Leadership in Social Care – Solid Ground

Do you know how important trust is for a leader?

It is critical.

As leaders possess the power of influence, they cannot continually break the trust of those they seek to influence and lead. Trust is the foundation of leadership.

Trust is like change in a leader’s pocket. Each time you make a good decision you earn more change. Each time you make a bad decision, you pay out some of your change to the people you lead. Every new leader starts with a neutral amount of change in their pocket. Whatever they do builds up or depletes the change they have. If leaders keep making bad decisions they eventually run out of change, and unsurprisingly, change is wanted. In contrast, leaders who keep making good decisions and meeting a consistently high level of care means even if a huge mistake is made, they will still have change left over.

So how do you build this trust? By showing competence, connection, and character consistently. If you make a mistake based on ability, you will most likely be forgiven, especially if they can see that you’re still growing as a leader. Time will also be given for you to connect, after all relationships are not built over night. However, someone who slips in character will not be trusted.

Character and trust work in unison. How can someone have good character if they lie, and how can a liar be a good leader?

Leadership is like a long car journey. You may know the direction you are going in but not know the route. You are trusting in the driver, the leader to get you there. When you lead people, they consent on taking this car journey with you. Your character predicts the route you take and how enjoyable it will be. Good character means the trip is smooth and gets better with time. However if your character is flawed, the longer the trip, the more restless your team will become and the bumpier it will be.


Because no one enjoys spending time with someone they do not trust.

Good character communicates the following three things to your team. Consistency, potential and respect.

Consistency – Leaders who do not have the willpower, determination and drive to consistently deliver the highest levels of care possible cannot be counted on every day. Even on the worst of days, you have to be able to work to a high level, this is vital in social care.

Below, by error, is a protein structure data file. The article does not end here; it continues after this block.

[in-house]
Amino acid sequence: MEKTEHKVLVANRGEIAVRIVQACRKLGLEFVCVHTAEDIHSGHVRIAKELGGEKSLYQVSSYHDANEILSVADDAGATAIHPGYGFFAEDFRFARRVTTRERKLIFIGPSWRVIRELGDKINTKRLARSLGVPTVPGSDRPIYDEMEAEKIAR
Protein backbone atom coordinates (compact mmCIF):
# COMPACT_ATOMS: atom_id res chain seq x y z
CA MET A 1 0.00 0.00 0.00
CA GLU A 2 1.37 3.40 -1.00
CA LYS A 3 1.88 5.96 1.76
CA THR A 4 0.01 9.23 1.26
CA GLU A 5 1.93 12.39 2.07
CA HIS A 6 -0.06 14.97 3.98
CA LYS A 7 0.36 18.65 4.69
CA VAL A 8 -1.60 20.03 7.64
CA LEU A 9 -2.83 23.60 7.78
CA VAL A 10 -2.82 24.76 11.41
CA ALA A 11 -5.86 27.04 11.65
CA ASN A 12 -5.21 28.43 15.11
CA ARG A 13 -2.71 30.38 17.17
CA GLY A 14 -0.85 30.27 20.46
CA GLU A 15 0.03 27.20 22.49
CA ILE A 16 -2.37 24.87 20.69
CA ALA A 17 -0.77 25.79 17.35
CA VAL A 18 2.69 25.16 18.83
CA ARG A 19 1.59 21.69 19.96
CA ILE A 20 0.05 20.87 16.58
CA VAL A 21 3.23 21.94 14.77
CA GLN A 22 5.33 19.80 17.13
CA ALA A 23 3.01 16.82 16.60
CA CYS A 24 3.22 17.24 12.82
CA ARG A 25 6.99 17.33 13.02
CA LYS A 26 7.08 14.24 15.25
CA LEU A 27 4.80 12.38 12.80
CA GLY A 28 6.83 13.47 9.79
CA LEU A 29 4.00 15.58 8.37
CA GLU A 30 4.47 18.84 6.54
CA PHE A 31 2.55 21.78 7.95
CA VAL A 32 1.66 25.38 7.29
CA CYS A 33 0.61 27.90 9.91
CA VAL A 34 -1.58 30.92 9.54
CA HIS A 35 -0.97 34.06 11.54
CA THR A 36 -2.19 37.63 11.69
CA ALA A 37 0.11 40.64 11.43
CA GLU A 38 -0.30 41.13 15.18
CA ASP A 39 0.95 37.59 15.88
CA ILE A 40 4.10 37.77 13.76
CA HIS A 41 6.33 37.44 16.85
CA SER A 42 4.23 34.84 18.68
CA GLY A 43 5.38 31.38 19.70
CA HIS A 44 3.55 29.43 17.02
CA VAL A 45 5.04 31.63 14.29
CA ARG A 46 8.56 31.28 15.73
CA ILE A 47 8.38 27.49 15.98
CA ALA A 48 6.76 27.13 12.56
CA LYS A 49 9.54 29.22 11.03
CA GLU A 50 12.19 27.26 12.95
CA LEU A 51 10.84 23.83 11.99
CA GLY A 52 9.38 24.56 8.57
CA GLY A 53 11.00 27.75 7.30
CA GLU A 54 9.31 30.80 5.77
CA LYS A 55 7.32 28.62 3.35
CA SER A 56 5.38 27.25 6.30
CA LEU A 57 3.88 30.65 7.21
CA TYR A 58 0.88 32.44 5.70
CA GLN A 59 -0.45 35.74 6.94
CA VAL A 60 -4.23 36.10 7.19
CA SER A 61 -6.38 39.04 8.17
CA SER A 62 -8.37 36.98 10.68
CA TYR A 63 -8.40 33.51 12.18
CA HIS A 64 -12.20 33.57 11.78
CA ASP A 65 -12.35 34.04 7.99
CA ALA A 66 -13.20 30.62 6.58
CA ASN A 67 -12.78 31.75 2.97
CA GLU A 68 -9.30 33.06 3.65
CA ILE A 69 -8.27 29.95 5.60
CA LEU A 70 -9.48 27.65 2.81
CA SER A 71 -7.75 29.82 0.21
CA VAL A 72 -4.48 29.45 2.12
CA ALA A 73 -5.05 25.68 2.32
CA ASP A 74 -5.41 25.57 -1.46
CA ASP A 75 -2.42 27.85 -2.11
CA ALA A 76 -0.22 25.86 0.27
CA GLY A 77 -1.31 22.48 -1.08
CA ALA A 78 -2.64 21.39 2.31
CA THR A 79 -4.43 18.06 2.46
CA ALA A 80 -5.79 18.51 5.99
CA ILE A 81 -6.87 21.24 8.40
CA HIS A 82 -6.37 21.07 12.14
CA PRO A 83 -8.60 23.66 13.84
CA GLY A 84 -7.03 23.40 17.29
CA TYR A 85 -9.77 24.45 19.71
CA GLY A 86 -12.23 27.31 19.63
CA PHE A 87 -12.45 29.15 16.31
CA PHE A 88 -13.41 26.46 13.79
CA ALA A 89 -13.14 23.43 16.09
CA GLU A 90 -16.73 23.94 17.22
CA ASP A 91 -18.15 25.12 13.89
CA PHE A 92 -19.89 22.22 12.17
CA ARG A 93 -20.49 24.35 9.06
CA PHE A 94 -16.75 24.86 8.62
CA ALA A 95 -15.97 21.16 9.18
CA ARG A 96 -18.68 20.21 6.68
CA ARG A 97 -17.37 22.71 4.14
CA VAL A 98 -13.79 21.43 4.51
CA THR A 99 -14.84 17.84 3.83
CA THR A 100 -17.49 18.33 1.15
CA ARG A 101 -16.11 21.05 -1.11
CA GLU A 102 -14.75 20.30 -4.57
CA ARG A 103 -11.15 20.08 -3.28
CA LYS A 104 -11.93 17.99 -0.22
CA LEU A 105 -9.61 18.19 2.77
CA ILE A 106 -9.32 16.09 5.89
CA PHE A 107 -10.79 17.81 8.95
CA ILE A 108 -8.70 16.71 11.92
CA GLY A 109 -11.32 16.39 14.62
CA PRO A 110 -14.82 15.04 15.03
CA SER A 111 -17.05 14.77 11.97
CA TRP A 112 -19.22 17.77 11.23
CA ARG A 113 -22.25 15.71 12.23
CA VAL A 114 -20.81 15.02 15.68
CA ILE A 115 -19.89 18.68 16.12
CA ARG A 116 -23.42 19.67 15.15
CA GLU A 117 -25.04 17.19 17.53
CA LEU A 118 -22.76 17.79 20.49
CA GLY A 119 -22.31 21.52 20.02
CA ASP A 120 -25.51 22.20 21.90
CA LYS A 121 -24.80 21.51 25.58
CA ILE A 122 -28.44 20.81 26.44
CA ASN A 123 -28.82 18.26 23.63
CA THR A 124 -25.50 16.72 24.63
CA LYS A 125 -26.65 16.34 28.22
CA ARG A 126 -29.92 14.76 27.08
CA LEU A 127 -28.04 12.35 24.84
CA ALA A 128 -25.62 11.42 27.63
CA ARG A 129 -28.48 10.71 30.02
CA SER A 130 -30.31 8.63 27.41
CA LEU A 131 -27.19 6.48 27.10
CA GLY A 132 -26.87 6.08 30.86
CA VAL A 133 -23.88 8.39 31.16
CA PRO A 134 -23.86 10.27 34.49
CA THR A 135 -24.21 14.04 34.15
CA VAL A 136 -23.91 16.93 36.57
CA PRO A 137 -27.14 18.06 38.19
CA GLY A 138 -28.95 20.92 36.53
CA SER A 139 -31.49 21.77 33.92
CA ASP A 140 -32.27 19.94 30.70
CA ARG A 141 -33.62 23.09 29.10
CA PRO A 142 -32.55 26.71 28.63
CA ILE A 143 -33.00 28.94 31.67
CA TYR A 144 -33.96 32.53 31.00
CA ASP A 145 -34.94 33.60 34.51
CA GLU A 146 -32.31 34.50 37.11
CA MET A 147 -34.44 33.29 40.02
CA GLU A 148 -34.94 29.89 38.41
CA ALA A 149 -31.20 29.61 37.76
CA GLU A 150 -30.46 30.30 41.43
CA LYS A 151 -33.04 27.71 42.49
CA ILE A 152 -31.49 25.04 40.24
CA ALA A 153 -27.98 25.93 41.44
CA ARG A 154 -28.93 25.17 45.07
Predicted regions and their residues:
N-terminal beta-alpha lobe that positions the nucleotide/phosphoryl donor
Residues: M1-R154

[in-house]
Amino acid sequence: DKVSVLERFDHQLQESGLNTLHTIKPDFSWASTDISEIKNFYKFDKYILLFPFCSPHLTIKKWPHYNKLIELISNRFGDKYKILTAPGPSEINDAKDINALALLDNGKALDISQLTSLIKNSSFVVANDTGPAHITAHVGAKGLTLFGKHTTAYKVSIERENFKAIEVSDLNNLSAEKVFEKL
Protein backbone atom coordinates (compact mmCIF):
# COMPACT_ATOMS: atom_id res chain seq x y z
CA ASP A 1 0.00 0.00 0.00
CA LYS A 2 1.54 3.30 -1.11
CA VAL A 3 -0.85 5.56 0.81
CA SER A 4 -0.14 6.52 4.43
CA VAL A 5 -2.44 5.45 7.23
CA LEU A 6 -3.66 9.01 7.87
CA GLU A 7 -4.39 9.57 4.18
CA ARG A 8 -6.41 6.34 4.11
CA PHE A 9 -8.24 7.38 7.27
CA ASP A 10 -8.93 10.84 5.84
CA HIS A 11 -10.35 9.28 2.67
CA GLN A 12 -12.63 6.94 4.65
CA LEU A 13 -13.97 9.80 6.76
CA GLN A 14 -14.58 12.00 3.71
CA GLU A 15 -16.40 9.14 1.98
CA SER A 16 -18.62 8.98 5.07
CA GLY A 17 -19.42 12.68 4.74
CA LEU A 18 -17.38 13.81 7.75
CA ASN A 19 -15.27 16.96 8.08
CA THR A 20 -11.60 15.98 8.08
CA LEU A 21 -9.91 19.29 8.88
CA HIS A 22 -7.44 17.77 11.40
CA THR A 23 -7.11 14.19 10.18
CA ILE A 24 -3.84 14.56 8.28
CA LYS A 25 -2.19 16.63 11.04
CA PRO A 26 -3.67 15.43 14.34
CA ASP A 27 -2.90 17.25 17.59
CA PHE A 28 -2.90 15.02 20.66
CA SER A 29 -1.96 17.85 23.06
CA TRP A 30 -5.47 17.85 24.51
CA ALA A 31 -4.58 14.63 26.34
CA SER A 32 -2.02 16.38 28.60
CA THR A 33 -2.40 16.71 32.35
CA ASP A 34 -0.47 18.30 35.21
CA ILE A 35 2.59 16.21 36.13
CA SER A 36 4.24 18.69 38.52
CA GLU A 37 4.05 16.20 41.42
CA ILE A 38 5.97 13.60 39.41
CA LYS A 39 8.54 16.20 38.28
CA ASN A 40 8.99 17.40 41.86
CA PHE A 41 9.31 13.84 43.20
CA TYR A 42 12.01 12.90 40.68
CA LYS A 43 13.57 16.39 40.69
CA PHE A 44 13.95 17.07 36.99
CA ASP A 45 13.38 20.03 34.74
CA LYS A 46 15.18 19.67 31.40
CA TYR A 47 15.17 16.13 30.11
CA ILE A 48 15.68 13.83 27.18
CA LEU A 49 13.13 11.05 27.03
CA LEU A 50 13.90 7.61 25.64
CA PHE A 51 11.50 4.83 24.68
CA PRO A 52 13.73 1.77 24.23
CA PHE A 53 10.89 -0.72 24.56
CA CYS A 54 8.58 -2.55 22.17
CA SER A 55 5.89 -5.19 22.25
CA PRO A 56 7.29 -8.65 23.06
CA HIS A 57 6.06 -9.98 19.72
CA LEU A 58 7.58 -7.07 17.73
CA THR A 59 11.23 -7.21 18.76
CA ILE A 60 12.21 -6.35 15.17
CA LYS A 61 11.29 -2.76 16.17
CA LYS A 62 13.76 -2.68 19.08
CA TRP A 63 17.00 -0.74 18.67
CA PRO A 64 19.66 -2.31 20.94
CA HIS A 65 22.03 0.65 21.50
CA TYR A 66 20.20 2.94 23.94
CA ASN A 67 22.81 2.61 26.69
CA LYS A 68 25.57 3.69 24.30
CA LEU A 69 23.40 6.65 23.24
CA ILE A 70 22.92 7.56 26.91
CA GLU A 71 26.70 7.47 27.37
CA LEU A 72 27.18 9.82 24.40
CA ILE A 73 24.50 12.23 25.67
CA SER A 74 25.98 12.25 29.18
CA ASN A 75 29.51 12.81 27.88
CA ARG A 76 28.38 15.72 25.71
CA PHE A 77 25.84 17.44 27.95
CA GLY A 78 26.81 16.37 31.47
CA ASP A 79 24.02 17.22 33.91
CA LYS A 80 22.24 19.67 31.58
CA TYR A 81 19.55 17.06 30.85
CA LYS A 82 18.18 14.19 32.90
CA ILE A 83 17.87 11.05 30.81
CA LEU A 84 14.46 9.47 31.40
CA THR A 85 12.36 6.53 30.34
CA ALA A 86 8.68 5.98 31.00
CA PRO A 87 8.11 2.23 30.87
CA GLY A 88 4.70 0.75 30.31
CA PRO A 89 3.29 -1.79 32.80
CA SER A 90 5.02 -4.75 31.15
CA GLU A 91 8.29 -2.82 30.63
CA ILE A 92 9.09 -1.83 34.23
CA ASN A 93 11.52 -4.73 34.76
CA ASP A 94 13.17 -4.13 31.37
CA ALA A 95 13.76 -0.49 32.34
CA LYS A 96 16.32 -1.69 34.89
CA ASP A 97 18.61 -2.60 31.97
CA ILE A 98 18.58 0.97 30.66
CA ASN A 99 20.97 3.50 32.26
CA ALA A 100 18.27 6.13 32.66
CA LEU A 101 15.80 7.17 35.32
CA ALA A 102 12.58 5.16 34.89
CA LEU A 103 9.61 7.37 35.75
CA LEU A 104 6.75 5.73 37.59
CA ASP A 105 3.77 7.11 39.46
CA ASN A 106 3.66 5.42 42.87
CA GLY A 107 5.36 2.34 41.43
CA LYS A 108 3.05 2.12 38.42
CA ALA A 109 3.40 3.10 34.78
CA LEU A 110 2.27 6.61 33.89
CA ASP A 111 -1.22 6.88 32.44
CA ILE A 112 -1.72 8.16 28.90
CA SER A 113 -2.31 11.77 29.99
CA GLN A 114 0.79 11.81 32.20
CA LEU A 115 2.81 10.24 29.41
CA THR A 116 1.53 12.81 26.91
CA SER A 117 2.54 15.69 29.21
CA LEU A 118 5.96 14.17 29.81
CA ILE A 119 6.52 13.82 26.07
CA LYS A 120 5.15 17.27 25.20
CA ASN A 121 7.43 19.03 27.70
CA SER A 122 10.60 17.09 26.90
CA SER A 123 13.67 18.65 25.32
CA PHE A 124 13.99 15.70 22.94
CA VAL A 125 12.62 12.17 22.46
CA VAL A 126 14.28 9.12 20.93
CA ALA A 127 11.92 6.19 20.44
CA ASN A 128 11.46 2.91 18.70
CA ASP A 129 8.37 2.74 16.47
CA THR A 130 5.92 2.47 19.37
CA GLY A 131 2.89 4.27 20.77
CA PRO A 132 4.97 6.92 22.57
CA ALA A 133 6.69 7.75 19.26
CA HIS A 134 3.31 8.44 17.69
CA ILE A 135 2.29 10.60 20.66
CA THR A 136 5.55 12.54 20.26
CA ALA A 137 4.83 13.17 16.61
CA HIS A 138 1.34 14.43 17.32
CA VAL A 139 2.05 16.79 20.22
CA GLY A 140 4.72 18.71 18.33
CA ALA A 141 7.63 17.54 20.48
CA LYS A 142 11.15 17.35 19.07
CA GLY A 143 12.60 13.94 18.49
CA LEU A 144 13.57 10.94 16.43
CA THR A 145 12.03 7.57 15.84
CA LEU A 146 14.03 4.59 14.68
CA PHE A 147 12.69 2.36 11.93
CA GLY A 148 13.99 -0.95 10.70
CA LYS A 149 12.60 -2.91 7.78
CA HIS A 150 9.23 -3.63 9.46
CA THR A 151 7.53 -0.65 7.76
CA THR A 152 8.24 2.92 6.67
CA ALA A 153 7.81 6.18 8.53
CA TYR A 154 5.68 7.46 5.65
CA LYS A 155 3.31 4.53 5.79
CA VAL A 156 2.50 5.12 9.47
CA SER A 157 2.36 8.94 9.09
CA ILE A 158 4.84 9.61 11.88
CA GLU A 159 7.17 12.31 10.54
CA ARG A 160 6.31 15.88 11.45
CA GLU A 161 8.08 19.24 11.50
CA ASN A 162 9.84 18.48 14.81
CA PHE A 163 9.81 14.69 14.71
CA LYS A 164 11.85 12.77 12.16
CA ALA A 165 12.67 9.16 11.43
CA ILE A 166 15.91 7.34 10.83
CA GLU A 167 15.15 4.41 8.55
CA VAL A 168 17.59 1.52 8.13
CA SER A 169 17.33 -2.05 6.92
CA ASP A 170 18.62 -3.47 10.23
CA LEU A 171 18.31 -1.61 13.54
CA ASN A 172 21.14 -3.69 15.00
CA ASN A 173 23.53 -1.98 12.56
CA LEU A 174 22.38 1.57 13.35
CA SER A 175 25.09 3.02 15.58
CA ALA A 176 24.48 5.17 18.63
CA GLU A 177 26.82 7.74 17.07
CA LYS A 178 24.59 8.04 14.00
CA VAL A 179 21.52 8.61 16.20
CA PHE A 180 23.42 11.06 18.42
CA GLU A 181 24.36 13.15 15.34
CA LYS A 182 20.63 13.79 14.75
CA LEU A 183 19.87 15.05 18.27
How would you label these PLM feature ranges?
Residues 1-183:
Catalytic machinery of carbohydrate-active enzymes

Potential – Weak character is limiting. Who do you think has the greater potential to achieve their dreams and have a positive impact on others: someone who is honest, disciplined and hardworking, or someone who is deceitful, impulsive, and lazy? Talent alone isn’t enough. It must be bolstered by character if a person desires to go far. You can have all the raw talent in the world, however if you do not have the character to tap into this it will be wasted. See trust as an action, talking about it does not make you more trustworthy. You build it by achieving results, in the right manner, with integrity and always seeing the value of your team. When a leader’s character is strong, people trust in them and they trust in the leader to release their potential. This gives the team hope for the future on a personal and collective level, promoting belief in themselves and their organisation.

Respect – Weak character means you can’t earn respect. Respect is absolutely essential for lasting leadership. How do leaders earn respect? By making well informed decisions, by being honest and admitting when they are at fault, and by putting what’s best for the team and the organisation ahead of themselves.

Take a moment to reflect. Think about those you lead within the social care sector. Do you think you are trustworthy? This can be measured simply by how open your team are with you. Do they share opinions, even those which are not positive? Maybe they open up about their personal aspirations and woes? If not, there is a possibility they do not trust you.

Good leaders focus on their professional skills. Exceptional leaders also focus on their character.

Try focusing on the following three areas to improve your character: integrity, authenticity and discipline.

Be honest with everyone, be yourself with everyone, do the right things always and be consistent.

Remember, exceptional leadership starts with professional skills and finishes with character. To have good character you need to be honest. The onus is not on them to trust. The onus is on you to earn it.

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